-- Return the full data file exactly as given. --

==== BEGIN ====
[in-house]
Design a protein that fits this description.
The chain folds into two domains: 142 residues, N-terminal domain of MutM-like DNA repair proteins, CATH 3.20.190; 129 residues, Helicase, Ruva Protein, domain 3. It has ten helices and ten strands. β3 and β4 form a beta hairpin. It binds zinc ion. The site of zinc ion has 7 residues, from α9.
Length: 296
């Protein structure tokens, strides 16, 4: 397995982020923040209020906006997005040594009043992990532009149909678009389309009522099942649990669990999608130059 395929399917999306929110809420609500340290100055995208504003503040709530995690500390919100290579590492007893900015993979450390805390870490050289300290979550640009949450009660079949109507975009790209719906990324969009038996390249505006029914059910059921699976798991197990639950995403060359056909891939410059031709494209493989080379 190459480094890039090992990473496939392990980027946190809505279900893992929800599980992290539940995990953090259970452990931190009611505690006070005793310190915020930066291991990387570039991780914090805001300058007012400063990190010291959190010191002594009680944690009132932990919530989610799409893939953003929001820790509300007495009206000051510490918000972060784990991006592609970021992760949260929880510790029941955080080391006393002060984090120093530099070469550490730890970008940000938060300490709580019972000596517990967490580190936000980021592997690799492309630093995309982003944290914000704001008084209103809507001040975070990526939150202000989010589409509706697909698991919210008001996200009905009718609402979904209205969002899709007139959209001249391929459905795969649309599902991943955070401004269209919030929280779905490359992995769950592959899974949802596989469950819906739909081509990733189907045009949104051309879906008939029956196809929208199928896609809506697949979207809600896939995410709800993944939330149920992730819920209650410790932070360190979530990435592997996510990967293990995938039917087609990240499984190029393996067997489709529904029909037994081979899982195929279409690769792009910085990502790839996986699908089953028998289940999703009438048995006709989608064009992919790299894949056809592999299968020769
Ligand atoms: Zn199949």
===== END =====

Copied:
[in-house]
Design a protein that fits this description.
The chain folds into two domains: 142 residues, N-terminal domain of MutM-like DNA repair proteins, CATH 3.20.190; 129 residues, Helicase, Ruva Protein, domain 3. It has ten helices and ten strands. β3 and β4 form a beta hairpin. It binds zinc ion. The site of zinc ion has 7 residues, from α9.
Length: 296
């Protein structure tokens, strides 16, 4: 397995982020923040209020906006997005040594009043992990532009149909678009389309009522099942649990669990999608130059 395929399917999306929110809420609500340290100055995208504003503040709530995690500390919100290579590492007893900015993979450390805390870490050289300290979550640009949450009660079949109507975009790209719906990324969009038996390249505006029914059910059921699976798991197990639950995403060359056909891939410059031709494209493989080379 190459480094890039090992990473496939392990980027946190809505279900893992929800599980992290539940995990953090259970452990931190009611505690006070005793310190915020930066291991990387570039991780914090805001300058007012400063990190010291959190010191002594009680944690009132932990919530989610799409893939953003929001820790509300007495009206000051510490918000972060784990991006592609970021992760949260929880510790029941955080080391006393002060984090120093530099070469550490730890970008940000938060300490709580019972000596517990967490580190936000980021592997690799492309630093995309982003944290914000704001008084209103809507001040975070990526939150202000989010589409509706697909698991919210008001996200009905009718609402979904209205969002899709007139959209001249391929459905795969649309599902991943955070401004269209919030929280779905490359992995769950592959899974949802596989469950819906739909081509990733189907045009949104051309879906008939029956196809929208199928896609809506697949979207809600896939995410709800993944939330149920992730819920209650410790932070360190979530990435592997996510990967293990995938039917087609990240499984190029393996067997489709529904029909037994081979899982195929279409690769792009910085990502790839996986699908089953028998289940999703009438048995006709989608064009992919790299894949056809592999299968020769
Ligand atoms: Zn199949």